The Four Heroes of Light is a real, honest to goodness role-playing game, in the original FF vein, which surprised me. The character designs are childish and super-deformed, which is a strike against it, but the point of the game is to run around the world, solving story-line puzzles and beating up on monsters, and that's all I ask of an RPG. The plot is a bit complicated: you alternate controlling each of the 4 warriors - Aire, Yunita, Brandt and Jusqua - through the first couple chapters as you try to find out why the entire village of Horne has been turned to stone. (Aire is the princess of that city.) A lot of the fighting at this stage is solo, or in partnership with an NPC that disappears at the end of the chapter. Eventually, all four heroes unite, and from that point they make up the entire party. That is, you only get 4 party members and you can't choose to have a smaller group. There are 6-7 cities to visit on the map, and several dungeons that you have to work through. Initially, the only way to get around is by walking, and the only way to get past mountains or rivers is to go through connecting caves. Towards the end, you pick up a dragon that can fly anywhere on the map, and a whale (which is really one half of one of the towns) that takes you to the island that has the last story boss. The story ends when the party confronts the main enemy behind the series of curses and kidnappings that have be-felled the world.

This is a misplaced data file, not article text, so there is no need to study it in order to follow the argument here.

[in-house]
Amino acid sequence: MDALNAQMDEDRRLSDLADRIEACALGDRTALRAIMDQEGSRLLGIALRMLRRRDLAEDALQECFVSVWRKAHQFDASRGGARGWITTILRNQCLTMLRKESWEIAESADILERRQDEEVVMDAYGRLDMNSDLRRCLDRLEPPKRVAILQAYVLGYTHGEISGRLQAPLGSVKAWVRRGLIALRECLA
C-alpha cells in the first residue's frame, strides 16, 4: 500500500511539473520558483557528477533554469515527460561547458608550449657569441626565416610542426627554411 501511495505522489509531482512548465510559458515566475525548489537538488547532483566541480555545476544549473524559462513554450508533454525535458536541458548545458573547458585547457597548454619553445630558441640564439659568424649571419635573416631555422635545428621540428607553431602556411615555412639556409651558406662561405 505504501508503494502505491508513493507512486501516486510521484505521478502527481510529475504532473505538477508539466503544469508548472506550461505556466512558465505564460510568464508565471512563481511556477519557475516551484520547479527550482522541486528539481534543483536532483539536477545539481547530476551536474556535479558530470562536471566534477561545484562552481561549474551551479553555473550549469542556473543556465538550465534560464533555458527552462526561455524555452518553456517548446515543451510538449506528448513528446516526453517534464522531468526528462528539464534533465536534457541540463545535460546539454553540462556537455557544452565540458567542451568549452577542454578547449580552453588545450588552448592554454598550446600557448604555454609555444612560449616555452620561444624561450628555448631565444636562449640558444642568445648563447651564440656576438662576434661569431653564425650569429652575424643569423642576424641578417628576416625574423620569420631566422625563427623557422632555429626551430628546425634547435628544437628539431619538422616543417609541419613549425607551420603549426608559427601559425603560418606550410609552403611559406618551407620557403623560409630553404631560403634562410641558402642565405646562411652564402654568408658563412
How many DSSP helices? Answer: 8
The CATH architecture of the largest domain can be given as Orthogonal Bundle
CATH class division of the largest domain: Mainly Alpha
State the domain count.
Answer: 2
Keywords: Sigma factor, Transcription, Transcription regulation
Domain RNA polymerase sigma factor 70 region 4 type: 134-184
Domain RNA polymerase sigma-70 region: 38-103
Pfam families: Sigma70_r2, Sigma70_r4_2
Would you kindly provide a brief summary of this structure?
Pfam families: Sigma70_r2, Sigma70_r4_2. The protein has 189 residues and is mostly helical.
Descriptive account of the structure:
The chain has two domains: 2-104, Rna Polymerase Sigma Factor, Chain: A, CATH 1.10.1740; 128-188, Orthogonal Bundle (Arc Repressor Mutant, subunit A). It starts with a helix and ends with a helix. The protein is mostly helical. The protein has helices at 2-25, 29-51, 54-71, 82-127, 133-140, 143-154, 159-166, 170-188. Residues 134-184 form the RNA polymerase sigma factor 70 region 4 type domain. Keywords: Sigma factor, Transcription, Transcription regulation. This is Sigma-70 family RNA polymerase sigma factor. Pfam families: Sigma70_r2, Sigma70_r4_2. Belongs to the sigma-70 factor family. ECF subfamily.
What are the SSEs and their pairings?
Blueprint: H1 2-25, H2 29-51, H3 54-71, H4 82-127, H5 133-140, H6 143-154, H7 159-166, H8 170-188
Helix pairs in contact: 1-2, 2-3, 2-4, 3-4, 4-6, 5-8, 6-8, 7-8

(Party screen, plus part of one of the towns. The guy in the brown hat and coat under the Inn sign is the Wanderer, who lets you save your game. The brown thing to the right is his dog. The red-eyed, black faced thing in the middle is the party leader. Each of the crowns equipped by the party members are shown below and to the left of their faces on the party screen.)